Healthcare Information Security

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OIG Report Says Anthem Refused Data Security Audit

By Elizabeth Snell

- Anthem, Inc. is reportedly refusing to comply with a data security audit from the US Office of Personnel Management (OPM) Office of the Inspector General (OIG).

Susan L. Ruge, associate counsel to the Inspector General at OIG, explained in a statement that after Anthem’s recent health data breach, OIG wanted to conduct a new IT security audit. However, Anthem will not allow the standard vulnerability scans and configuration compliance tests, according to Ruge.

The scans are meant to “identify security vulnerabilities and mis-configurations that could be exploited in a malicious cyber-attack,” Ruge said, as reported by Health Data Management. These audits are not designed to find all weak points that are in a technical environment. Instead, they are meant to help OIG “form an opinion on the organization’s overall process to securely configure its computers.”

“When we requested to perform this test at Anthem, we were informed that a corporate policy prohibited external entities from connecting to the Anthem network,” Ruge said. “In an effort to meet our audit objective, we attempted to obtain additional information about Anthem’s own internal practices for performing this type of work.”

Anthem also gave OIG conflicting statements about its procedures, Ruge explained. The insurer could not “show satisfactory evidence that it has ever had a program in place to routinely monitor the configuration of its servers.”

The OIG conducts audits of health insurance companies that participate in the Federal Employees Health Benefits Program (FEHBP). Previously known as WellPoint Inc., Anthem also limited OIG’s ability “to perform adequate testing” in specific servers containing Federal data, according to a Sep. 2013 report.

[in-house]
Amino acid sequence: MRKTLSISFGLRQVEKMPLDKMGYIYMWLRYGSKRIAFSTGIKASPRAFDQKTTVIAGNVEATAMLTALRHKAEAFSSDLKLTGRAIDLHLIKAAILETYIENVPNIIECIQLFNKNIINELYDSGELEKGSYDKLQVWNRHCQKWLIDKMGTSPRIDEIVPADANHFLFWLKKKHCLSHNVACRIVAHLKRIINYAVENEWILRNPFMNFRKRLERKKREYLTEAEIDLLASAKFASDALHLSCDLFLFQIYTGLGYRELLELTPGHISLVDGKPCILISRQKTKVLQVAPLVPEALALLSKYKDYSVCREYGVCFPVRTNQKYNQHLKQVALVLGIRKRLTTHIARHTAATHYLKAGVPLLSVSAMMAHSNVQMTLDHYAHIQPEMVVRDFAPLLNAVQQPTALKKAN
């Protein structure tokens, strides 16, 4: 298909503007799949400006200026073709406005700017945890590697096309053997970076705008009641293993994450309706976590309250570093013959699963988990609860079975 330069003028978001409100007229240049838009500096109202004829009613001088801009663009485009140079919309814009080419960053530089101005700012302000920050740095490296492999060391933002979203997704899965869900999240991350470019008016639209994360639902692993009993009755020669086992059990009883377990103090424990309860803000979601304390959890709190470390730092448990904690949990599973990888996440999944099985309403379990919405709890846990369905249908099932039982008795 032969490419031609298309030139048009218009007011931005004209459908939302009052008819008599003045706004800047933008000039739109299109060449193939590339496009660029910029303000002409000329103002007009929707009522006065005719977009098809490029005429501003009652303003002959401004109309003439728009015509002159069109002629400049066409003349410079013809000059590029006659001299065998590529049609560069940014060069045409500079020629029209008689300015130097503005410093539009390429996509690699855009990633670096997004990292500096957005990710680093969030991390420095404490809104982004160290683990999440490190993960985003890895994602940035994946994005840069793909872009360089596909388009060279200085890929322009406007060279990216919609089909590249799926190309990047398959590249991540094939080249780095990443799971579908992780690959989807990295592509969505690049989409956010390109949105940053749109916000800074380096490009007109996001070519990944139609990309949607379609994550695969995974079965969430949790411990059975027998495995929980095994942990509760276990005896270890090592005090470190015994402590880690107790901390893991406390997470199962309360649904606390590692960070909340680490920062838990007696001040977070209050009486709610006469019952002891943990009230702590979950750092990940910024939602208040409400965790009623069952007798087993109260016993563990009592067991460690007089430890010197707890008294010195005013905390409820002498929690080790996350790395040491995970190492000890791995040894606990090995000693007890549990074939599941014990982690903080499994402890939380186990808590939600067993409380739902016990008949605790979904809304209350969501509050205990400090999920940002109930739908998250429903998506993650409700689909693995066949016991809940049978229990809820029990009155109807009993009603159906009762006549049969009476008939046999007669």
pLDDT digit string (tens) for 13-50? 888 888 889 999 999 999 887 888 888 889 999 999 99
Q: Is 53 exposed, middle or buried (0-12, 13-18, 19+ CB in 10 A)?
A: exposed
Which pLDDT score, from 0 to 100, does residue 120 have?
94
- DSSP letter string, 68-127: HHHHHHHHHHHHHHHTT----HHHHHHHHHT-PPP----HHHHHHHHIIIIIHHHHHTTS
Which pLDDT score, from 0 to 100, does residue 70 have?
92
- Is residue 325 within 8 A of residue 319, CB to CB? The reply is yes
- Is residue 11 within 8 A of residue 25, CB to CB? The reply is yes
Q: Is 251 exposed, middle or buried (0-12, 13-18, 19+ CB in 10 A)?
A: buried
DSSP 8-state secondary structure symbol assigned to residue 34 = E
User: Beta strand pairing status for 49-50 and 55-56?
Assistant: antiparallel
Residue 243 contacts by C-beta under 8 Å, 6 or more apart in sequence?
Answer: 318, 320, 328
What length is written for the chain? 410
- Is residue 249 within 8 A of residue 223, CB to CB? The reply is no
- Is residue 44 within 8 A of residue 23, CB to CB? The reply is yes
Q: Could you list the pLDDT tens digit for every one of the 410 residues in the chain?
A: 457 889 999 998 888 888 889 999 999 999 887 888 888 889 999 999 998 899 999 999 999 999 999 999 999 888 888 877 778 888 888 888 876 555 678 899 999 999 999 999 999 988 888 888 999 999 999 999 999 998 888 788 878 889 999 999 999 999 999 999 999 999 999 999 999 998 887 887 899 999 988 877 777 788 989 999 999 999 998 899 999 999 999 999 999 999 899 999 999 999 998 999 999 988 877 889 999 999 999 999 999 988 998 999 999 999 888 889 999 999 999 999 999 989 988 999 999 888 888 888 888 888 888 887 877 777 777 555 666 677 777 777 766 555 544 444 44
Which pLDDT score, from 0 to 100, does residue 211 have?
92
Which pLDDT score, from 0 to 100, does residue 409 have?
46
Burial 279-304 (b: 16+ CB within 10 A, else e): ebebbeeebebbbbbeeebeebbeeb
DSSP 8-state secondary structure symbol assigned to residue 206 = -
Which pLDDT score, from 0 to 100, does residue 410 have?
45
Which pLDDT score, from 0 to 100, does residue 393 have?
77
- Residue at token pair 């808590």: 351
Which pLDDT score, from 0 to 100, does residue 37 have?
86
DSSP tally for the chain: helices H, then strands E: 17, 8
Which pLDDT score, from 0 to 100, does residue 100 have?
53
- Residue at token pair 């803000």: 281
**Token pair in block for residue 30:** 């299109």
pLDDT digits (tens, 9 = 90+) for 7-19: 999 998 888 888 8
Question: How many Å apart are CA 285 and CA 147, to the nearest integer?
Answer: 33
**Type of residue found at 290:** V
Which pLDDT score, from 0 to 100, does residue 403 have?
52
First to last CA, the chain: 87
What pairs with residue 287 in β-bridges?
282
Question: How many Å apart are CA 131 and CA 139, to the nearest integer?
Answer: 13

“As a result of this scope limitation and WellPoint’s inability to provide additional supporting documentation, we are unable to independently attest that WellPoint’s computer servers maintain a secure configuration,” the 2013 report stated.

Also in terms of network security, OIG reported that WellPoint had not implemented technical controls to prevent rogue devices from connecting to its network. The audit also found that the physical access controls to a specific facility the auditors visited could be improved. There were additionally  noted weaknesses in WellPoint’s implementation of segregation of duties and privileged user monitoring.

Even so, OIG stated that in what it was able to access and investigate, there was no reason to “believe that WellPoint is not in compliance with the HIPAA security, privacy, and national provider identifier regulations.”

In early February, Anthem announced that one of its internal servers was hacked, exposing the personal information of nearly 80 million individuals. The information included names, dates of birth, medical IDs or Social Security numbers, street addresses, and email addresses. Moreover, employment information, some of which included income data, might also have been exposed.

After the large scale health data breach, Anthem has also been criticized for not encrypting its data. However, a spokesperson explained that the insurer encrypts personal data when it moves in or out of its database but not when it is stored.

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